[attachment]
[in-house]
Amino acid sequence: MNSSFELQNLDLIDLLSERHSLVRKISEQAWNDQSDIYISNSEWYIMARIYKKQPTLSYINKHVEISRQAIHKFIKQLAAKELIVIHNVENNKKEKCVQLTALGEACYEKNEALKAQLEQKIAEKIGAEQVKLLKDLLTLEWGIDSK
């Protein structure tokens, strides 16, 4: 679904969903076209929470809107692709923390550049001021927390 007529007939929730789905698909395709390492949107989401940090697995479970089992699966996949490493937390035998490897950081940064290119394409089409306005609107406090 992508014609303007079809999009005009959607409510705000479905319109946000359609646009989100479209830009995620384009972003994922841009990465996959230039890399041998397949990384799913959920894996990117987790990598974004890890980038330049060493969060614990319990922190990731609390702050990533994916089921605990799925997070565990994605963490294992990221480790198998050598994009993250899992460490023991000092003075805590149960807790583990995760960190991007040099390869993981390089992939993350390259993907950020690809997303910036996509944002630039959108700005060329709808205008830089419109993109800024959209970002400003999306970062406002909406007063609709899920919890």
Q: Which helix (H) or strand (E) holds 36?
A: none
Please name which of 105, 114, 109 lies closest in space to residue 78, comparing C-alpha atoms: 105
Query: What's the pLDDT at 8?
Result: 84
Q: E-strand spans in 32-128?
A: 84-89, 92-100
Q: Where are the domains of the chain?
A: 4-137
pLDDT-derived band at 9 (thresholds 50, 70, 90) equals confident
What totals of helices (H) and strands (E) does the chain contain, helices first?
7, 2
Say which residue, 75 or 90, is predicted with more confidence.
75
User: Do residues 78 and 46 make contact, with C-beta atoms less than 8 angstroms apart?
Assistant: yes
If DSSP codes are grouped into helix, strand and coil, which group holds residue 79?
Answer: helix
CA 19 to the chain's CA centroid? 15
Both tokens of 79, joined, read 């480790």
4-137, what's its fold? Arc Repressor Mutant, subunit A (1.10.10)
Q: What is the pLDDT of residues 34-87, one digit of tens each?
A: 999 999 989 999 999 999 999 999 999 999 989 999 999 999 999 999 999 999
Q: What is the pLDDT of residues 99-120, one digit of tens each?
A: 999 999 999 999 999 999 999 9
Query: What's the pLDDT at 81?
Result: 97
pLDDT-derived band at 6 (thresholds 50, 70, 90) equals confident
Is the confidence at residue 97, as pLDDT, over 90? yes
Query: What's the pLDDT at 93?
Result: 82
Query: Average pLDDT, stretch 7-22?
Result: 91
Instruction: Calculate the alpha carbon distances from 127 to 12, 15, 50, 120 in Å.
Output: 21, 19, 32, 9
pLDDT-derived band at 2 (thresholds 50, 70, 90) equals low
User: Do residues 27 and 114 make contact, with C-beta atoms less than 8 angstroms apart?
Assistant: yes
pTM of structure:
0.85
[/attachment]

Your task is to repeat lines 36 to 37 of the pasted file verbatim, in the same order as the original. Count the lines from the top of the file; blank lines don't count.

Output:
Result: 91
Instruction: Calculate the alpha carbon distances from 127 to 12, 15, 50, 120 in Å.